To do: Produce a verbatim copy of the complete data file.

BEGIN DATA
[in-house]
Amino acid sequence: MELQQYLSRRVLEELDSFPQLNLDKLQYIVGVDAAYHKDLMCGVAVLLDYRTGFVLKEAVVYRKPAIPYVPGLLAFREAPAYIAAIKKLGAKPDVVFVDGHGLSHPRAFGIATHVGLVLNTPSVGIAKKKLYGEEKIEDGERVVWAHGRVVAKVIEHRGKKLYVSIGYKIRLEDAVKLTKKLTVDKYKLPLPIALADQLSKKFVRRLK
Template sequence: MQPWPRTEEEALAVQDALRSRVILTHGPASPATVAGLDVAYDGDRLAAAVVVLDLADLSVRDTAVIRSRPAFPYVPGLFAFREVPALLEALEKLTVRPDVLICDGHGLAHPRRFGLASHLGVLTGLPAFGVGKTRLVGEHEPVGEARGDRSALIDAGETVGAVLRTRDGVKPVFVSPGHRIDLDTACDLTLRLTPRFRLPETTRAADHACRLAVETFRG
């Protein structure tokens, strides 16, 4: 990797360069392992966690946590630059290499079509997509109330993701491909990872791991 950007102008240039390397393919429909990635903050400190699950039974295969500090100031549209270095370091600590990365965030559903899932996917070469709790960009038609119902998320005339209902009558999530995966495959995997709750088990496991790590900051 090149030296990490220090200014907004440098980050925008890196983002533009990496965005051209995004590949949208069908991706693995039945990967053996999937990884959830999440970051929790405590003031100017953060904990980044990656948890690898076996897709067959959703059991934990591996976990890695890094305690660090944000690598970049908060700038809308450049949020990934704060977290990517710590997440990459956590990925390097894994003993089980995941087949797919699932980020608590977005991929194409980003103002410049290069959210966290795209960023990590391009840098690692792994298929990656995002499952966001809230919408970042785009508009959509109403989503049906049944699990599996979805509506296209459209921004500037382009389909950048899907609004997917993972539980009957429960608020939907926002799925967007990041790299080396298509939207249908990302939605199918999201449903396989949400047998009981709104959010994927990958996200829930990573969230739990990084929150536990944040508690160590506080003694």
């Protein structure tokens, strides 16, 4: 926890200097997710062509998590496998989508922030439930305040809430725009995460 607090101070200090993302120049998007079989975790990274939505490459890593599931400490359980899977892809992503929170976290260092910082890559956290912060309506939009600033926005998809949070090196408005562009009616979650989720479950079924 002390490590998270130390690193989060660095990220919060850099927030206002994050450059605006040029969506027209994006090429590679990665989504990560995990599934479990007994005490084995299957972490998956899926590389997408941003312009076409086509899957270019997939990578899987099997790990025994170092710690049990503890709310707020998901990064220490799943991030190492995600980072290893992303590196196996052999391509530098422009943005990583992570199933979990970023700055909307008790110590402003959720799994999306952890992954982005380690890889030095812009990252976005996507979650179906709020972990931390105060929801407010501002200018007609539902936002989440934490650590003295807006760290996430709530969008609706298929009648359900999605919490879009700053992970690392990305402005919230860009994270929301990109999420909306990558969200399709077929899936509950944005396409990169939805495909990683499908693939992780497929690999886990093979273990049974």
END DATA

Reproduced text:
[in-house]
Amino acid sequence: MELQQYLSRRVLEELDSFPQLNLDKLQYIVGVDAAYHKDLMCGVAVLLDYRTGFVLKEAVVYRKPAIPYVPGLLAFREAPAYIAAIKKLGAKPDVVFVDGHGLSHPRAFGIATHVGLVLNTPSVGIAKKKLYGEEKIEDGERVVWAHGRVVAKVIEHRGKKLYVSIGYKIRLEDAVKLTKKLTVDKYKLPLPIALADQLSKKFVRRLK
Template sequence: MQPWPRTEEEALAVQDALRSRVILTHGPASPATVAGLDVAYDGDRLAAAVVVLDLADLSVRDTAVIRSRPAFPYVPGLFAFREVPALLEALEKLTVRPDVLICDGHGLAHPRRFGLASHLGVLTGLPAFGVGKTRLVGEHEPVGEARGDRSALIDAGETVGAVLRTRDGVKPVFVSPGHRIDLDTACDLTLRLTPRFRLPETTRAADHACRLAVETFRG
């Protein structure tokens, strides 16, 4: 990797360069392992966690946590630059290499079509997509109330993701491909990872791991 950007102008240039390397393919429909990635903050400190699950039974295969500090100031549209270095370091600590990365965030559903899932996917070469709790960009038609119902998320005339209902009558999530995966495959995997709750088990496991790590900051 090149030296990490220090200014907004440098980050925008890196983002533009990496965005051209995004590949949208069908991706693995039945990967053996999937990884959830999440970051929790405590003031100017953060904990980044990656948890690898076996897709067959959703059991934990591996976990890695890094305690660090944000690598970049908060700038809308450049949020990934704060977290990517710590997440990459956590990925390097894994003993089980995941087949797919699932980020608590977005991929194409980003103002410049290069959210966290795209960023990590391009840098690692792994298929990656995002499952966001809230919408970042785009508009959509109403989503049906049944699990599996979805509506296209459209921004500037382009389909950048899907609004997917993972539980009957429960608020939907926002799925967007990041790299080396298509939207249908990302939605199918999201449903396989949400047998009981709104959010994927990958996200829930990573969230739990990084929150536990944040508690160590506080003694």
């Protein structure tokens, strides 16, 4: 926890200097997710062509998590496998989508922030439930305040809430725009995460 607090101070200090993302120049998007079989975790990274939505490459890593599931400490359980899977892809992503929170976290260092910082890559956290912060309506939009600033926005998809949070090196408005562009009616979650989720479950079924 002390490590998270130390690193989060660095990220919060850099927030206002994050450059605006040029969506027209994006090429590679990665989504990560995990599934479990007994005490084995299957972490998956899926590389997408941003312009076409086509899957270019997939990578899987099997790990025994170092710690049990503890709310707020998901990064220490799943991030190492995600980072290893992303590196196996052999391509530098422009943005990583992570199933979990970023700055909307008790110590402003959720799994999306952890992954982005380690890889030095812009990252976005996507979650179906709020972990931390105060929801407010501002200018007609539902936002989440934490650590003295807006760290996430709530969008609706298929009648359900999605919490879009700053992970690392990305402005919230860009994270929301990109999420909306990558969200399709077929899936509950944005396409990169939805495909990683499908693939992780497929690999886990093979273990049974």